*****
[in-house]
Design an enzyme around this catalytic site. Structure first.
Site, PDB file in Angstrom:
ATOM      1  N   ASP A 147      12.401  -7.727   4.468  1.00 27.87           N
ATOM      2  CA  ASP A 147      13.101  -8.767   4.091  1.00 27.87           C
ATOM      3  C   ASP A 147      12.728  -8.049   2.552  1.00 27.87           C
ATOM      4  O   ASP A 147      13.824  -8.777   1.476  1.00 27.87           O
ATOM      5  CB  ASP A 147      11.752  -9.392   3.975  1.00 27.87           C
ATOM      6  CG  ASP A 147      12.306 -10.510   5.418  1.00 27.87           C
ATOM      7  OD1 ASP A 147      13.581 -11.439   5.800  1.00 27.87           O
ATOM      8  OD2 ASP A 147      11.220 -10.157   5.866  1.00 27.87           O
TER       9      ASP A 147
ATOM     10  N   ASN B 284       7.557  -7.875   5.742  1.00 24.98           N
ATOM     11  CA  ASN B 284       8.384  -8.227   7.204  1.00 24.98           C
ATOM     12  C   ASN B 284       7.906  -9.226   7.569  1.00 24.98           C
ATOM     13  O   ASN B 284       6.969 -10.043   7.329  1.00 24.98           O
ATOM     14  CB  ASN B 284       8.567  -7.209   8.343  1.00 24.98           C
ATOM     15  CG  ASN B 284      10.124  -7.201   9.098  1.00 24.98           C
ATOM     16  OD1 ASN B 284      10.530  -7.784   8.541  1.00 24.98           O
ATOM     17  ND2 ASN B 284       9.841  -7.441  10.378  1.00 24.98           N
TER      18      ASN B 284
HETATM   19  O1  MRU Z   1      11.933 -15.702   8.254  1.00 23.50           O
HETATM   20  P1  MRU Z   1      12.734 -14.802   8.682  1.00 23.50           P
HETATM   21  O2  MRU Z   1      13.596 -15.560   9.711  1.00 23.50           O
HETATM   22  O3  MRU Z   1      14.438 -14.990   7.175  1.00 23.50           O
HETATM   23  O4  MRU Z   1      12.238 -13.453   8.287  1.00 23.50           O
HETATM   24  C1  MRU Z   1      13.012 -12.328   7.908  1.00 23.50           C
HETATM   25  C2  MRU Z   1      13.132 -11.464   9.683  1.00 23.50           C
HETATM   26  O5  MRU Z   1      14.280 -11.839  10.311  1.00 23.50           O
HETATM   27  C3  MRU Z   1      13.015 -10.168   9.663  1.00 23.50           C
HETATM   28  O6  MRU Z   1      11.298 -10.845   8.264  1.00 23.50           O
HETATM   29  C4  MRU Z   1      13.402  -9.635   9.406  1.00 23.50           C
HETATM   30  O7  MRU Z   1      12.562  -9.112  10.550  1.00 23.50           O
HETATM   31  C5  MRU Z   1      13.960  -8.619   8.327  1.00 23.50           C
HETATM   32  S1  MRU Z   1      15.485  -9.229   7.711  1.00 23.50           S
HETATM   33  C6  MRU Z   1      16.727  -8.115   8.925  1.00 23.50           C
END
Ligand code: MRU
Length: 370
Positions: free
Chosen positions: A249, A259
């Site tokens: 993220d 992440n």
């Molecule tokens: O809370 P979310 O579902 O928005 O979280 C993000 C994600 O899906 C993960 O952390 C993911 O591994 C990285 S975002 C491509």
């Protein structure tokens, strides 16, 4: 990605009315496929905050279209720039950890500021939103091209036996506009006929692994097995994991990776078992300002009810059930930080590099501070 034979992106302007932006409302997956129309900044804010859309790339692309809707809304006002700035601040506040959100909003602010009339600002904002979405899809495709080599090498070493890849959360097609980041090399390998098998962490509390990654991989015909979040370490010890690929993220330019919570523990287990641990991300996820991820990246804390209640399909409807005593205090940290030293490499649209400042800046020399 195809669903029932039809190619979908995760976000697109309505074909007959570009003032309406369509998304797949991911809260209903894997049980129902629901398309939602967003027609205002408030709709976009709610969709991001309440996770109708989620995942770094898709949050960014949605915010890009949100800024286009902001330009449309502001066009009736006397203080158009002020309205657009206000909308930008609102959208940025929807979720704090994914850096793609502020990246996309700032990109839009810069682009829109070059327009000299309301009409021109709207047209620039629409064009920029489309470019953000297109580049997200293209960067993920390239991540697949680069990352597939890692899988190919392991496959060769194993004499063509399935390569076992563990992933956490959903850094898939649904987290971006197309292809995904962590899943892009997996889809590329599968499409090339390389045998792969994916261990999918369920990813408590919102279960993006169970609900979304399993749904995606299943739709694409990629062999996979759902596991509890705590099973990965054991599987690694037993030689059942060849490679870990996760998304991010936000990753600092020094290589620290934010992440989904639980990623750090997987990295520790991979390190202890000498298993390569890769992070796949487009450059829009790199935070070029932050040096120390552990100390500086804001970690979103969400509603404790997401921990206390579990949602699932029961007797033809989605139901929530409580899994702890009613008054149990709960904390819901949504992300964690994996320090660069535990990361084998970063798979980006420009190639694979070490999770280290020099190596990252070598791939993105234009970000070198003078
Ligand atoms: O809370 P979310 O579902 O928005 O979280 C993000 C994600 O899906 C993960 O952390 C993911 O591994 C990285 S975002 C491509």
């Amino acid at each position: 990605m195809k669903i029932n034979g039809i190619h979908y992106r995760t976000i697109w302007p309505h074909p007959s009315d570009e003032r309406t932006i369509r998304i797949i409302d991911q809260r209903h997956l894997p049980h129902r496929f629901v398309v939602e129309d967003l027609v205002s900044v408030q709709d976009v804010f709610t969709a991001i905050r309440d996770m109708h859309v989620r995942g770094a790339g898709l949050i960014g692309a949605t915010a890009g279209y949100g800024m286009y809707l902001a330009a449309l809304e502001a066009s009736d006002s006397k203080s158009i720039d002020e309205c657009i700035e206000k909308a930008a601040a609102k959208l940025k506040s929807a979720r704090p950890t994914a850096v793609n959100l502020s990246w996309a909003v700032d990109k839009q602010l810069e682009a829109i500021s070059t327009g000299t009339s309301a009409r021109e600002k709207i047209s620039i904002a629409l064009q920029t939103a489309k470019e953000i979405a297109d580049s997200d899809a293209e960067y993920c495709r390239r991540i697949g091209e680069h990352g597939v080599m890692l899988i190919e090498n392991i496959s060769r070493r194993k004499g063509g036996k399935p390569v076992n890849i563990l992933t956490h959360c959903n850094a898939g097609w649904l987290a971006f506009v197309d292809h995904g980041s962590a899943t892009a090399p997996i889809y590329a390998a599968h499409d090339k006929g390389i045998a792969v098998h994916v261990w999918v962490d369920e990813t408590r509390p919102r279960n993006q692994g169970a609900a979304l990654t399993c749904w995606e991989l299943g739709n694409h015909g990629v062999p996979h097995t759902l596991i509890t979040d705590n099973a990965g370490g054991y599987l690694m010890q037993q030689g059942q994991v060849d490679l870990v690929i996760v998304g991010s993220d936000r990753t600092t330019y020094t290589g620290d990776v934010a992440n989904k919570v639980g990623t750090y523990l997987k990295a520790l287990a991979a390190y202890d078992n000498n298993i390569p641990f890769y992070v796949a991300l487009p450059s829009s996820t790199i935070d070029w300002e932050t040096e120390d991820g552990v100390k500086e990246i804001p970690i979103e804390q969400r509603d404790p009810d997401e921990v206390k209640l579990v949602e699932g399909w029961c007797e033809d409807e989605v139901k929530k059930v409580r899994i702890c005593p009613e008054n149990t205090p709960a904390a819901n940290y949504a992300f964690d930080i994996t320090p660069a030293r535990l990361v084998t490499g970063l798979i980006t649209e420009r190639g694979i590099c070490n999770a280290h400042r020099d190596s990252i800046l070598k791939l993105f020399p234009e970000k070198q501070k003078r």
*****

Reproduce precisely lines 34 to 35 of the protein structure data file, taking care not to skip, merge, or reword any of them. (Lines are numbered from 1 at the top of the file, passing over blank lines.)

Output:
HETATM   31  C5  MRU Z   1      13.960  -8.619   8.327  1.00 23.50           C
HETATM   32  S1  MRU Z   1      15.485  -9.229   7.711  1.00 23.50           S